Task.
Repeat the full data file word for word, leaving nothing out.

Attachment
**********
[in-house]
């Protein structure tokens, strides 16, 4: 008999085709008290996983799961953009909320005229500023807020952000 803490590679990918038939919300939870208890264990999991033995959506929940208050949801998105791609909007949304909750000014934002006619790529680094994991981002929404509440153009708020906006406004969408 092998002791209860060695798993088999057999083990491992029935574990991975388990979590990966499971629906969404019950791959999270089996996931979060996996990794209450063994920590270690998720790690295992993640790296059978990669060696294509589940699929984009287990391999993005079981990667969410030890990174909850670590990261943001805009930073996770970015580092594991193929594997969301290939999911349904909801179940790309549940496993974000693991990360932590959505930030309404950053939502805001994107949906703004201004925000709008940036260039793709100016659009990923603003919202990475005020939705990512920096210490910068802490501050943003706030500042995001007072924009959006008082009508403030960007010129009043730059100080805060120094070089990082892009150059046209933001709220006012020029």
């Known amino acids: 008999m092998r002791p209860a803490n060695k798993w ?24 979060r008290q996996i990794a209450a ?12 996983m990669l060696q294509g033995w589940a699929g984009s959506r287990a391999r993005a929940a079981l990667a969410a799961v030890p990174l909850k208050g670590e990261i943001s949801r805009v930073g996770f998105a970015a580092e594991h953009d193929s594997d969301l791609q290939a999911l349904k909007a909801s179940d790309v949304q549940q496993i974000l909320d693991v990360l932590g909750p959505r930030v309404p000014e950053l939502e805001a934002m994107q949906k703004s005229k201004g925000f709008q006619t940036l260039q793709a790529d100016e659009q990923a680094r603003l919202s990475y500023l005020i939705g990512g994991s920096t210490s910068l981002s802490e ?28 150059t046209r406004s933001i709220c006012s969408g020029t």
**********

[in-house]
């Protein structure tokens, strides 16, 4: 008999085709008290996983799961953009909320005229500023807020952000 803490590679990918038939919300939870208890264990999991033995959506929940208050949801998105791609909007949304909750000014934002006619790529680094994991981002929404509440153009708020906006406004969408 092998002791209860060695798993088999057999083990491992029935574990991975388990979590990966499971629906969404019950791959999270089996996931979060996996990794209450063994920590270690998720790690295992993640790296059978990669060696294509589940699929984009287990391999993005079981990667969410030890990174909850670590990261943001805009930073996770970015580092594991193929594997969301290939999911349904909801179940790309549940496993974000693991990360932590959505930030309404950053939502805001994107949906703004201004925000709008940036260039793709100016659009990923603003919202990475005020939705990512920096210490910068802490501050943003706030500042995001007072924009959006008082009508403030960007010129009043730059100080805060120094070089990082892009150059046209933001709220006012020029």
């Known amino acids: 008999m092998r002791p209860a803490n060695k798993w ?24 979060r008290q996996i990794a209450a ?12 996983m990669l060696q294509g033995w589940a699929g984009s959506r287990a391999r993005a929940a079981l990667a969410a799961v030890p990174l909850k208050g670590e990261i943001s949801r805009v930073g996770f998105a970015a580092e594991h953009d193929s594997d969301l791609q290939a999911l349904k909007a909801s179940d790309v949304q549940q496993i974000l909320d693991v990360l932590g909750p959505r930030v309404p000014e950053l939502e805001a934002m994107q949906k703004s005229k201004g925000f709008q006619t940036l260039q793709a790529d100016e659009q990923a680094r603003l919202s990475y500023l005020i939705g990512g994991s920096t210490s910068l981002s802490e ?28 150059t046209r406004s933001i709220c006012s969408g020029t």